Every lawn mower or riding mower that has a starter will also have a starter solenoid. Essentially, every starter solenoid acts like an electromagnetic switch. When a key is turned or a button pushed, electricity enters a solenoid in a regular starter circuit. A switch inside then makes a positive connection and allows electricity to flow to the starter motor. When a solenoid goes bad, the circuit cannot be completed, and the starter will not get any electricity to start the motor.
Things You'll Need
Find the solenoid on your lawn mower. Trace the large red or positive cable that comes off the battery to the first junction to which it is connected. The battery cable will end at the solenoid and be connected to an electrical post. Leading away and on the other side of the solenoid will be another large red cable. This leads to the starter motor. Although there will be one or two other wires connected to the solenoid, none will be as large as the battery and starter cables.
Remove the starter cable from the solenoid by using the proper sized wrench. Keep the battery cable mounted and in place.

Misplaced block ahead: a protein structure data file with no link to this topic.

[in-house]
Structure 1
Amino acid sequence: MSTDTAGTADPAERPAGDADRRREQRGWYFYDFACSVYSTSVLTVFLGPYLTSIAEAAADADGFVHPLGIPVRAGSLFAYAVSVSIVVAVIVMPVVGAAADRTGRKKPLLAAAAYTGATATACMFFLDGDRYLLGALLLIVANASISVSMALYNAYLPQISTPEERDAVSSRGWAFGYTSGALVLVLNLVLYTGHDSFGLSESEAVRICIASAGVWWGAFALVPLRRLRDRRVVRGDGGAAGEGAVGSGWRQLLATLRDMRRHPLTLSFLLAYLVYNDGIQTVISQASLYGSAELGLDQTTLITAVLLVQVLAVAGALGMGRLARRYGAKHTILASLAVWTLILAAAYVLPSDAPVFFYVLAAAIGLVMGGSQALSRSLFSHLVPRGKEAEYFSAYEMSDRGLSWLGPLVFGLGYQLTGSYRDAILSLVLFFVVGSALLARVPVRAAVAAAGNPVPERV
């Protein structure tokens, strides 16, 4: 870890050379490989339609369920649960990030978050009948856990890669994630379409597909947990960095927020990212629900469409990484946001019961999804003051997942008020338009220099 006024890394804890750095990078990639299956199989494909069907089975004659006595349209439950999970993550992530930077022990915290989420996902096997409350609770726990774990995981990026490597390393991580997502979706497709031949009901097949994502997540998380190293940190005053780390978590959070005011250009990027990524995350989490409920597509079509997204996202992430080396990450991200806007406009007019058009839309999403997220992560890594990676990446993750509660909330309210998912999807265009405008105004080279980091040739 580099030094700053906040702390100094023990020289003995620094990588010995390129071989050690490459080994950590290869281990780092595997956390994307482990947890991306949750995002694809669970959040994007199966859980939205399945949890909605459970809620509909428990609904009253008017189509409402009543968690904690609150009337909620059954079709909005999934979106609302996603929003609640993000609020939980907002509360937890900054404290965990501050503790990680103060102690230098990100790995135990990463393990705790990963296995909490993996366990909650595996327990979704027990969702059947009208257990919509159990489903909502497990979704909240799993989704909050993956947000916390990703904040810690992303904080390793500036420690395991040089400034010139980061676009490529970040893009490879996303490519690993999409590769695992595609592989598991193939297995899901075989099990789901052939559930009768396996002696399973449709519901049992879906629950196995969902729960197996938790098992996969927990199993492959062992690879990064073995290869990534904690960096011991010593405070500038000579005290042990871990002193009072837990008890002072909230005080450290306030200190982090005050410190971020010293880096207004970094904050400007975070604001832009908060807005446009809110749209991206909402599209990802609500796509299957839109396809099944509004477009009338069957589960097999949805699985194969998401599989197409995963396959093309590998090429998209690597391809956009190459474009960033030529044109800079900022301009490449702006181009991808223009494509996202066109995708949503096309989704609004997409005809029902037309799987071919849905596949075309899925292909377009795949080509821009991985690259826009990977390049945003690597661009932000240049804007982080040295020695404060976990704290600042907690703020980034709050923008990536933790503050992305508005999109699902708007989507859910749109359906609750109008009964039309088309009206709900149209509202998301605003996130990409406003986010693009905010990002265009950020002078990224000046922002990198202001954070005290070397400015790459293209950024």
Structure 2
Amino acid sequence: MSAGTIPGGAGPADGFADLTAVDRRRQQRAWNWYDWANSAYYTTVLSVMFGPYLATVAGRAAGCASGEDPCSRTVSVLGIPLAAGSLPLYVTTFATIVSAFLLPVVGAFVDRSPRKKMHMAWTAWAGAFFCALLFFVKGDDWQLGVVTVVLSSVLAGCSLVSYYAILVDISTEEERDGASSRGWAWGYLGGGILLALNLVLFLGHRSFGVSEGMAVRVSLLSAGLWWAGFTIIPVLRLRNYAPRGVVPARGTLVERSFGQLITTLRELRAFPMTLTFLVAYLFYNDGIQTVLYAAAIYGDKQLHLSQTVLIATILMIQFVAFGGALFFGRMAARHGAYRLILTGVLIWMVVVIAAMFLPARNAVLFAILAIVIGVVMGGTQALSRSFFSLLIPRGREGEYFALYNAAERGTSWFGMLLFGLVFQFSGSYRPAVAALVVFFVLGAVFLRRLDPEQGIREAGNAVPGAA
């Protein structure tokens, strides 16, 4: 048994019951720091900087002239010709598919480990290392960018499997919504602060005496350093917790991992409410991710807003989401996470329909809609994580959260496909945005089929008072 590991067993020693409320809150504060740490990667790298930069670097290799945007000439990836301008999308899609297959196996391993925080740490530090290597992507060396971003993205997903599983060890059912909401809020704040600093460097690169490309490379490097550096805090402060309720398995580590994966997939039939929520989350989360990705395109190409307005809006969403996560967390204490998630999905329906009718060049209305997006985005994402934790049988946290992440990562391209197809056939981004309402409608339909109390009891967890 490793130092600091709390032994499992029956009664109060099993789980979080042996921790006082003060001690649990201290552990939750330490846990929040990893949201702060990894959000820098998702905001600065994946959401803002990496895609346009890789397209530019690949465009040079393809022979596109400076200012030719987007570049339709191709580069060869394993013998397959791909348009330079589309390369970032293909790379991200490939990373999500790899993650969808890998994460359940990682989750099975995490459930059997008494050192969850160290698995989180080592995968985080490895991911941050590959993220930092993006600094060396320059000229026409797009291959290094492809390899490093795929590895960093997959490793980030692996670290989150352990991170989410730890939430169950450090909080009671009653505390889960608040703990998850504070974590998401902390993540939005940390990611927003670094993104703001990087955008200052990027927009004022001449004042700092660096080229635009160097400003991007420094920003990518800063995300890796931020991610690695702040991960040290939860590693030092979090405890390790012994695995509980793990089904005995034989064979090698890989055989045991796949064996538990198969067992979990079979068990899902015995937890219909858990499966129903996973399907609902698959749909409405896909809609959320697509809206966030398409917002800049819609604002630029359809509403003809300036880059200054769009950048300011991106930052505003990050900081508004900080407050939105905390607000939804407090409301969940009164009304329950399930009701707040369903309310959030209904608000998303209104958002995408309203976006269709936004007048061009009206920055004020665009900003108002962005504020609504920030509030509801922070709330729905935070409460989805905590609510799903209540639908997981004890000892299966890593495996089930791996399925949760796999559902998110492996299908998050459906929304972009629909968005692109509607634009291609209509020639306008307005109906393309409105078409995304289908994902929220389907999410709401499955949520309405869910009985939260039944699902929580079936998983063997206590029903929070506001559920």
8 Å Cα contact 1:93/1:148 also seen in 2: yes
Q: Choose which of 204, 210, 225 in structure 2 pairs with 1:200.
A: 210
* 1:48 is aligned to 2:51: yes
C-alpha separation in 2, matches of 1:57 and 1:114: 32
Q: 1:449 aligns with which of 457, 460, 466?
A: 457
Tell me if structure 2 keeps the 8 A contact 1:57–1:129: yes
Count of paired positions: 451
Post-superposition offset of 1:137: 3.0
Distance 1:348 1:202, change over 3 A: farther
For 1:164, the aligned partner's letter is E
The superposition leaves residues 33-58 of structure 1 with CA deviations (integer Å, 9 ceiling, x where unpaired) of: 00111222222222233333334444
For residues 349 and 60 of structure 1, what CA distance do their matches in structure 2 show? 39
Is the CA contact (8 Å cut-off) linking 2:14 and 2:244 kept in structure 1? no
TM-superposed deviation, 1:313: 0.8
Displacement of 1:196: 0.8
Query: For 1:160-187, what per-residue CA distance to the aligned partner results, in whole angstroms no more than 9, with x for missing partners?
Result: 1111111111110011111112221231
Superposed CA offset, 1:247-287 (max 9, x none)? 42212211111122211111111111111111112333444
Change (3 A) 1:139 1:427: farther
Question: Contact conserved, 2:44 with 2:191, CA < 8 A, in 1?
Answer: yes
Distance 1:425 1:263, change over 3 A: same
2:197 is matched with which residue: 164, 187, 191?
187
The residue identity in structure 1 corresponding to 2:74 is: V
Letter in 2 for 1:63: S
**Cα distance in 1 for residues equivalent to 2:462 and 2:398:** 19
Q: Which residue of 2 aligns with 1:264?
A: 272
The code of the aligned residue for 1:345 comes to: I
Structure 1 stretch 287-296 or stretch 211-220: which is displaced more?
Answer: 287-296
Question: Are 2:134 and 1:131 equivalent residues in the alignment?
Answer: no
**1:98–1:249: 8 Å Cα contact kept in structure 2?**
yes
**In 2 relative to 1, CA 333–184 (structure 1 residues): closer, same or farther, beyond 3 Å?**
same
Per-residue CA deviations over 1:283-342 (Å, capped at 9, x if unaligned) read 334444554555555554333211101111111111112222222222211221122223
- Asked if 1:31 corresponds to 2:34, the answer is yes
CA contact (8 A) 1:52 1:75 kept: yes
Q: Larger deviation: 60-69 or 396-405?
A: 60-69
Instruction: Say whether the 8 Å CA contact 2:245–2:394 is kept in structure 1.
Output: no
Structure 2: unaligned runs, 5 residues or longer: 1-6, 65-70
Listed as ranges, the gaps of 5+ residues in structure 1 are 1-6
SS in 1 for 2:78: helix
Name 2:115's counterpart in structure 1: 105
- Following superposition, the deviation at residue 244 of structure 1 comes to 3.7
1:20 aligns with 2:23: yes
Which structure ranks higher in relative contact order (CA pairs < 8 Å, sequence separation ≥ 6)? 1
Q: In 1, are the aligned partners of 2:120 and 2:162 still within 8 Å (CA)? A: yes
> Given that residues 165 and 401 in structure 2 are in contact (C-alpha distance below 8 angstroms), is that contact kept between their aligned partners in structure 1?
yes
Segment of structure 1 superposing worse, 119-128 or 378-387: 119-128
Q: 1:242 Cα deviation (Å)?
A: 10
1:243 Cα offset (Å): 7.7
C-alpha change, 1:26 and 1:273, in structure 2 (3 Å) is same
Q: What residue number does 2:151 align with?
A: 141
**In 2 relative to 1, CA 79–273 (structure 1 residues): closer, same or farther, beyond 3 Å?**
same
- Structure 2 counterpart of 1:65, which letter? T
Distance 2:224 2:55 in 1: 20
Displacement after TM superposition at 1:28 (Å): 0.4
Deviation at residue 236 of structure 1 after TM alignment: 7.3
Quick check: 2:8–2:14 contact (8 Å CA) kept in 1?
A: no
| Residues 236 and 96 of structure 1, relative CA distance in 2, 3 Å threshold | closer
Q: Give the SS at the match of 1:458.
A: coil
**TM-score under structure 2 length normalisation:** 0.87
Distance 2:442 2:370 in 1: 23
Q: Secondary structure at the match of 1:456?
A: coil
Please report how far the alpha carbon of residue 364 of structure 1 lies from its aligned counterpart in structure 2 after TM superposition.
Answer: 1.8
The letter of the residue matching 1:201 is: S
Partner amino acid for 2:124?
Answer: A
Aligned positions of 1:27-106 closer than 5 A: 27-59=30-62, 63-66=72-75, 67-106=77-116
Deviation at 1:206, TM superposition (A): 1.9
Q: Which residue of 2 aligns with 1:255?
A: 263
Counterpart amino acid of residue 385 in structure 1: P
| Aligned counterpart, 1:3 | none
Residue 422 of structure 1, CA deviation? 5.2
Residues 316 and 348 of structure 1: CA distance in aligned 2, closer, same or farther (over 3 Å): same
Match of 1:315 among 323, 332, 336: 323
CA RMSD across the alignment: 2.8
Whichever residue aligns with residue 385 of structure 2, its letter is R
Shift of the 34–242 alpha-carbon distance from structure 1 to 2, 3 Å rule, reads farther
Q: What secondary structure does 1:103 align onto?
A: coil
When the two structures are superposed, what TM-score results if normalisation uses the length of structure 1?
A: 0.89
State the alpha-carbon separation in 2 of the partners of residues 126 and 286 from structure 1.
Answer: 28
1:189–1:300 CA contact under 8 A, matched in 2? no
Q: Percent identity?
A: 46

Set your multimeter to 20 volts DC. Turn the ignition to "on" and touch the black or ground probe to the chassis, and then touch the red or positive probe to the post where the battery cable is connected. Read the multimeter and verify that there is a voltage reading of approximately 12 volts.
Remove the red probe from the battery side, and touch the electrical post where the starter cable has been removed. Turn the ignition to the "start" position and read the voltage on the multimeter. The voltage should be exactly the same as on the battery side. If there is no voltage showing, the solenoid is no longer working and needs to be replaced.
Tips & Warnings
- There are two favorite backyard mechanic ways to test a solenoid without a multimeter. The first involves gently tapping the top of the solenoid with a small hammer when the ignition switch is in the "start" position. This often will free a sticking switch, trigger the connection, and start the mower.
- Another way is to use a screwdriver to bridge the gap between battery post and starter post. Just place the ignition into the "on" position, touch a screwdriver simultaneously to the battery and starter motor posts on the solenoid, and if the starter motor turns over, you know the solenoid is bad. If you try this, do not touch the screwdriver with your bare hand, or you will get a bad electric shock and possibly a burn. Wear work gloves, or, better yet, don't try this.
- Always make sure your lawn mower is in neutral and the brakes are locked before trying any of these solenoid testing procedures.
- Photo Credit TONDEUSE AUTOPORTEE ref 1400 image by Marie-ThÃ©rÃ¨se GUIHAL from Fotolia.com
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